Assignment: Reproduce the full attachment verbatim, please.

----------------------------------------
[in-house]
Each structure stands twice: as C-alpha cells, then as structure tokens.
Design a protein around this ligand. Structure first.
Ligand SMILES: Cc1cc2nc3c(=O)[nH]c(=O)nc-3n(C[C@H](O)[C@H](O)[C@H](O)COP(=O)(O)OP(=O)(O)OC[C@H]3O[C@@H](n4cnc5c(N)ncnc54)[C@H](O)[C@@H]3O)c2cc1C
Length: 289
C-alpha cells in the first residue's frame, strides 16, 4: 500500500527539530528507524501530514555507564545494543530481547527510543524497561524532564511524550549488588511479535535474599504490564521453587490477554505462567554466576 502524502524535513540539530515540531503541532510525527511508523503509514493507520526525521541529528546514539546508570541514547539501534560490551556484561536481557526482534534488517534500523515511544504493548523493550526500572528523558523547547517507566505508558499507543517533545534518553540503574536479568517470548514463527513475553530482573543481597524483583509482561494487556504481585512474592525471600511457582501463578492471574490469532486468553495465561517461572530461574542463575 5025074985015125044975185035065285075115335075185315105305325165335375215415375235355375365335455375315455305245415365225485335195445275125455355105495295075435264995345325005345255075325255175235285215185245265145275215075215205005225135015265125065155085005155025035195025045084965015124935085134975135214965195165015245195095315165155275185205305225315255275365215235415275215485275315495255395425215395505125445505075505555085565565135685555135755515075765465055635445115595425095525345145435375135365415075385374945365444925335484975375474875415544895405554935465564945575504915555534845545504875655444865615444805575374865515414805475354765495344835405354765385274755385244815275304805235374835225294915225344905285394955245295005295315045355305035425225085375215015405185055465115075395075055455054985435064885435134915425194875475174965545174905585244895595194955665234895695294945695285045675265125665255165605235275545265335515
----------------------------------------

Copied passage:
[in-house]
Each structure stands twice: as C-alpha cells, then as structure tokens.
Design a protein around this ligand. Structure first.
Ligand SMILES: Cc1cc2nc3c(=O)[nH]c(=O)nc-3n(C[C@H](O)[C@H](O)[C@H](O)COP(=O)(O)OP(=O)(O)OC[C@H]3O[C@@H](n4cnc5c(N)ncnc54)[C@H](O)[C@@H]3O)c2cc1C
Length: 289
C-alpha cells in the first residue's frame, strides 16, 4: 500500500527539530528507524501530514555507564545494543530481547527510543524497561524532564511524550549488588511479535535474599504490564521453587490477554505462567554466576 502524502524535513540539530515540531503541532510525527511508523503509514493507520526525521541529528546514539546508570541514547539501534560490551556484561536481557526482534534488517534500523515511544504493548523493550526500572528523558523547547517507566505508558499507543517533545534518553540503574536479568517470548514463527513475553530482573543481597524483583509482561494487556504481585512474592525471600511457582501463578492471574490469532486468553495465561517461572530461574542463575 5025074985015125044975185035065285075115335075185315105305325165335375215415375235355375365335455375315455305245415365225485335195445275125455355105495295075435264995345325005345255075325255175235285215185245265145275215075215205005225135015265125065155085005155025035195025045084965015124935085134975135214965195165015245195095315165155275185205305225315255275365215235415275215485275315495255395425215395505125445505075505555085565565135685555135755515075765465055635445115595425095525345145435375135365415075385374945365444925335484975375474875415544895405554935465564945575504915555534845545504875655444865615444805575374865515414805475354765495344835405354765385274755385244815275304805235374835225294915225344905285394955245295005295315045355305035425225085375215015405185055465115075395075055455054985435064885435134915425194875475174965545174905585244895595194955665234895695294945695285045675265125665255165605235275545265335515